Limetree Bay Refinery on St. Croix. By ERNICE GILBERT/ V.I. CONSORTIUM
West Indies Petroleum on Friday reiterated its commitment to successfully close the sale and pursue what it called a "major strategic investment" at the Limetree Bay Refinery, announcements aimed at quelling concern that the Jamaica-based firm may not have the financial wherewithal needed to sustain the behemoth facility on the south shore of St. Croix.
WIPL on Sat. Dec. 18, 2021 won the auction for Limetree Bay with its $62 million bid, and the firm said Friday it is also committed to being sensitive to environmental considerations in its operation of the facility which is widely regarded among stakeholders as a landmark and the largest of its kind in the western hemisphere.
Limetree Bay Refinery has storage/operating capacity which is multiple times that of refineries across the region including Jamaica's state-owned oil refinery, Petrojam, according to WIPL.
The Limetree Bay Refinery's operating capacity is 220-thousand barrels per day. This compared to Petrojam's capacity, which is reportedly approximately 30-thousand barrels per day and a refinery in Suriname, which operates at approximately 15-thousand barrels per day. WIPL said Friday it intends to increase Limetree Bay's operating capacity to approximately 450,000-barrels per day.
The Limetree Bay Refinery has state-of-the-art equipment with the previous owners investing approximately $4 billion in upgrading and modernizing the facility.
WIPL said it expects that its investment in Limetree Bay refinery will eventually assist in reducing energy costs, in particular in St Croix where the refinery has been upgraded to use LPG as its source of power generation. The refinery's capacity presents significant opportunities for St. Croix and the region, stated WIPL in its release.
The auction, which was won by WIPL took place in the United States Bankruptcy Court for the Southern District of Texas. The result of the auction was approved by Judge David Jones, and WIPL has until January 21, 2022 to close the sale.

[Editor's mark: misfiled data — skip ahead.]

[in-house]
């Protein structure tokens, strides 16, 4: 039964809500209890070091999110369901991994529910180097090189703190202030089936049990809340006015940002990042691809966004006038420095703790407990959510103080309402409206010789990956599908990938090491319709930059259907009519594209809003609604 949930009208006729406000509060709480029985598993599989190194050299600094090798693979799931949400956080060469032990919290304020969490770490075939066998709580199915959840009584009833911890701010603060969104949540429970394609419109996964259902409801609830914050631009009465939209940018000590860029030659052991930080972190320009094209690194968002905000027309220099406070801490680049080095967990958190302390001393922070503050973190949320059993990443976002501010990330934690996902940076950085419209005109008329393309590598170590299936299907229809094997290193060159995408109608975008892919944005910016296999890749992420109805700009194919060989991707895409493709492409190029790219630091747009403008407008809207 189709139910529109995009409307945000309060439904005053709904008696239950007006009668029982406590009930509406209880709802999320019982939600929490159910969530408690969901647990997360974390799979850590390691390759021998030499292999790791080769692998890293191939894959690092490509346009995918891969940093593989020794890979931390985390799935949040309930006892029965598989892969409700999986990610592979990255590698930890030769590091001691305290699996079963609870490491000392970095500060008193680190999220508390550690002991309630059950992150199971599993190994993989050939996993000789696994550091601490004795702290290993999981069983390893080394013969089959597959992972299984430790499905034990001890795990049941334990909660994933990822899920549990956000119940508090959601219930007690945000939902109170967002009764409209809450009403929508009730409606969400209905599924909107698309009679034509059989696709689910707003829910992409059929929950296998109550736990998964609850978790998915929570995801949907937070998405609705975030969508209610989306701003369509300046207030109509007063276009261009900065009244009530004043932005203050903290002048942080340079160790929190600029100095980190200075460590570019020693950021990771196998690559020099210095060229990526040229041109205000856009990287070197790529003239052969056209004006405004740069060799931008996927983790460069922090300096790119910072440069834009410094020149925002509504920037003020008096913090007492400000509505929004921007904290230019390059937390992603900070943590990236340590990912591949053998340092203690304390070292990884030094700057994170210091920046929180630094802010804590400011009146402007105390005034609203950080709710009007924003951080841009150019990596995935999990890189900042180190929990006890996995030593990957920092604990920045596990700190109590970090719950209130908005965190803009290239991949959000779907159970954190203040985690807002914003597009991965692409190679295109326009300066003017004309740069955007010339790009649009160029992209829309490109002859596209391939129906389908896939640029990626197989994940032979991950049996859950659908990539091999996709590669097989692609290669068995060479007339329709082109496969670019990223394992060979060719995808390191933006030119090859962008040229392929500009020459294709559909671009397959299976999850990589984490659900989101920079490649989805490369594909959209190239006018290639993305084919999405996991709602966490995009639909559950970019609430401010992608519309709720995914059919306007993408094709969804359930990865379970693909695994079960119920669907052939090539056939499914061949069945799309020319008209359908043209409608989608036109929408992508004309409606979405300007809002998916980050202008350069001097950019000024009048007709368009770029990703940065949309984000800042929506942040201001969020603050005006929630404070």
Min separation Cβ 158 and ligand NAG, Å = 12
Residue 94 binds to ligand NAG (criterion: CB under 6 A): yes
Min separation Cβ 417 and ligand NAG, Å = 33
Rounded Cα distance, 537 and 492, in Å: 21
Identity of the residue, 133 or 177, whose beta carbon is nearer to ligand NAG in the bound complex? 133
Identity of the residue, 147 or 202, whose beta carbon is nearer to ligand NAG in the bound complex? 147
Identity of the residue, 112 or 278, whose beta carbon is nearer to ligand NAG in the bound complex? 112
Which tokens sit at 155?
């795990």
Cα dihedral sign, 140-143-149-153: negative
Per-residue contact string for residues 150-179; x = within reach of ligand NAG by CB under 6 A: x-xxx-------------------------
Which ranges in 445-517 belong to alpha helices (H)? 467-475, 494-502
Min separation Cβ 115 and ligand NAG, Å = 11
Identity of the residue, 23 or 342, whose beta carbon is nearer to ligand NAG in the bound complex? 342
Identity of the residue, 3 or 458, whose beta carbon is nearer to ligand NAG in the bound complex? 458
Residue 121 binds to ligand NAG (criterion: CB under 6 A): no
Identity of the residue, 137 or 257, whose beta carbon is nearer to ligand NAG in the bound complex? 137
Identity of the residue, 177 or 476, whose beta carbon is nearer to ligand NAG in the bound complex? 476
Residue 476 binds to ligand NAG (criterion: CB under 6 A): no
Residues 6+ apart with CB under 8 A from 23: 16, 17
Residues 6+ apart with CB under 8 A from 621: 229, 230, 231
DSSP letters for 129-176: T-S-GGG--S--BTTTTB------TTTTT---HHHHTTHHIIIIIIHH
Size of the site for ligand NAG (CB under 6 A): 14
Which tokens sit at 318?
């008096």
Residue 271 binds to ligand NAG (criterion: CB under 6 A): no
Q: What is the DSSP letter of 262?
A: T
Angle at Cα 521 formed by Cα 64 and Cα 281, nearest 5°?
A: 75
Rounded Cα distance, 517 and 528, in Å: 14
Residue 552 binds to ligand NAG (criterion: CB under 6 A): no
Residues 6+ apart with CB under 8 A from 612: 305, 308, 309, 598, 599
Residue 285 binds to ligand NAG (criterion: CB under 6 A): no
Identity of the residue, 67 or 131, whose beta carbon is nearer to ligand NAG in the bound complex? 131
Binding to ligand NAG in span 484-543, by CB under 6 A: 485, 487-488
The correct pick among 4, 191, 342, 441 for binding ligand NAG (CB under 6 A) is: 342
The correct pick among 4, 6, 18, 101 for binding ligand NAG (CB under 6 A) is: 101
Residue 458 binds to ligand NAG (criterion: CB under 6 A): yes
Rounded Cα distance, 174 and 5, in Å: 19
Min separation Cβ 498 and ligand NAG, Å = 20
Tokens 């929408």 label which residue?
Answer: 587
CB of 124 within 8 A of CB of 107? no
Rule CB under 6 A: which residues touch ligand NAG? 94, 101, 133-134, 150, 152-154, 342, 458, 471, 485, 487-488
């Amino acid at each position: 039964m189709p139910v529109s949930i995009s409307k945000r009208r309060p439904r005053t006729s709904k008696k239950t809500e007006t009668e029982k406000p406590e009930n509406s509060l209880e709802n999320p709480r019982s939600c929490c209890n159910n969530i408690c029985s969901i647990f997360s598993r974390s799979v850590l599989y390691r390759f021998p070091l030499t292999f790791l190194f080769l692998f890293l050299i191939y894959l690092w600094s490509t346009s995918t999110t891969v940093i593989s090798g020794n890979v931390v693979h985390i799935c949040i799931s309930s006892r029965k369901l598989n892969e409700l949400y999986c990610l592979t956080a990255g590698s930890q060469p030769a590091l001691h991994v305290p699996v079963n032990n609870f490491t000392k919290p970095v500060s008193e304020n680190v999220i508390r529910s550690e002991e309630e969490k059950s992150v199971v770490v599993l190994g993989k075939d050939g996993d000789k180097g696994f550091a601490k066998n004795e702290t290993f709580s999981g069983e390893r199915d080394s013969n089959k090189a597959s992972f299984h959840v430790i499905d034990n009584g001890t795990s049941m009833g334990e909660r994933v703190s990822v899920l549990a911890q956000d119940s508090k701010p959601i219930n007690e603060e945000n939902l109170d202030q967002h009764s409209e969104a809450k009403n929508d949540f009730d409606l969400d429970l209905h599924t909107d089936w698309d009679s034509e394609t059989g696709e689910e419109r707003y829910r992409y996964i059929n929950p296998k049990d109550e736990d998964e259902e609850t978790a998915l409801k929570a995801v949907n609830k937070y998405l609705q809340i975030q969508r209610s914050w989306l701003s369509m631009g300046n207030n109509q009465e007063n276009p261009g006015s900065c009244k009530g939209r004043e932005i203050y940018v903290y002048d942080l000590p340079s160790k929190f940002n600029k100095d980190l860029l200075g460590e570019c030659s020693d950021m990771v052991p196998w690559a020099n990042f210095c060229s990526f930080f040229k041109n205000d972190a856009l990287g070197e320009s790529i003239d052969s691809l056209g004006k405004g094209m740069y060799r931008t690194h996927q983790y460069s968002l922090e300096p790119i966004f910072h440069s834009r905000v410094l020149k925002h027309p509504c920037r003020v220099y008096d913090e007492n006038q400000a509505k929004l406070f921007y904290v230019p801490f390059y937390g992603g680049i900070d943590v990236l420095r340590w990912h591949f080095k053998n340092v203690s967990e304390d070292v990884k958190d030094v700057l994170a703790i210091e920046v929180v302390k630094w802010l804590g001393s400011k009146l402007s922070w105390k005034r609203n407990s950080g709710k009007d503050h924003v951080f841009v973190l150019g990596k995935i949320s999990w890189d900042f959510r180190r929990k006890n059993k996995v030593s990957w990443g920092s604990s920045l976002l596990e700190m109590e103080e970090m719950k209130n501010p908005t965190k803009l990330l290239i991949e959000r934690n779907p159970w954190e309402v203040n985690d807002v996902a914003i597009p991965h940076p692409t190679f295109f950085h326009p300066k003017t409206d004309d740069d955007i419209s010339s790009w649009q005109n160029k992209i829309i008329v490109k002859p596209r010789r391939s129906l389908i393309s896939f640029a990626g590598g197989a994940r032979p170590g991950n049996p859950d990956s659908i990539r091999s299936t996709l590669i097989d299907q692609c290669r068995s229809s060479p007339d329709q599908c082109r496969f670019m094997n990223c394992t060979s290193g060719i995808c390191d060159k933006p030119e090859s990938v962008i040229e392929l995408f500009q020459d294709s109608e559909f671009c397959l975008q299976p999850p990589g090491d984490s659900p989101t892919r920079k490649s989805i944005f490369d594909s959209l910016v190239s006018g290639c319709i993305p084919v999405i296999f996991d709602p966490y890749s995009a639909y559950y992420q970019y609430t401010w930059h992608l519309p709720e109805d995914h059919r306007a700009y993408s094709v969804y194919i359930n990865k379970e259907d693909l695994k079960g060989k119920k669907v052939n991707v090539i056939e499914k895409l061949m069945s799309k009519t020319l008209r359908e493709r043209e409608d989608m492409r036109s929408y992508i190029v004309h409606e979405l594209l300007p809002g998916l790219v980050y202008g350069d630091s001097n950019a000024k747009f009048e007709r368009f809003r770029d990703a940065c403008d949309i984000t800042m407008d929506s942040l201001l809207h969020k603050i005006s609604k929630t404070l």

In reacting to the winning bid, WIPL CEO Charles Chambers said, "No doubt we are committed to and confident about successfully closing out the sale and moving towards maximizing the potential benefits that this refinery may have on improving not just local or regional but also global energy security."
He added, "Quite apart from the economic boost to St. Croix via the significant foreign direct investment and job creation which our investment will naturally bring, it's important to note that given the distinct comparative advantage which its strategic location facilitates, our winning bid and attendant proposed major investment in the Limetree Bay refinery have significantly raised the prospects of WIPL leveraging its footprints by supporting in a major way the energy requirements of a raft of countries including Puerto Rico, Trinidad and Tobago, Jamaica and sections of the United States."
While concurring with Mr. Chambers's assessment of the favorable economic and energy security prospects which a responsibly reopened Limetree Bay refinery offers, WIPL Senior Vice President Danville Walker is describing the winning bid and accompanying strategic investment plans as "potentially game-changing, not only for St. Croix, Jamaica and the region but a host of countries across the globe".
Mr. Walker, a former commissioner of Customs and director of Elections in Jamaica, said ultimately, if the support of policymakers is had, "We at WIPL hope to use the refinery to over the medium to long-term create an environment which augurs well for the reduction in electricity costs in several countries.
The WIPL senior vice president, who has in the past served as chairman of the Natural Resources Conservation Authority (NRCA) in Jamaica, stated, "To be very clear, WIPL is fully aware of past environmental mishaps which occurred during the operation of the Limetree Bay refinery in its previous proprietary dispensation, and our proposed operation of the mega-facility will not only see us seeking not to repeat errors made, but also being mindful of the prescriptions and mandate of the Environmental Protection Agency (EPA) which is a United States federal government agency whose mission is to protect human and environmental health."
Mr. Walker said it's noteworthy that the EPA has in the past supported a reopening of the refinery if protocols pertaining to environmentally conscientious commerce are adhered to.
Mr. Walker said the energy company plans to fully engage the EPA as it moves to close the bid and pursue the potentially trailblazing investment in the Limetree Bay refinery in St. Croix.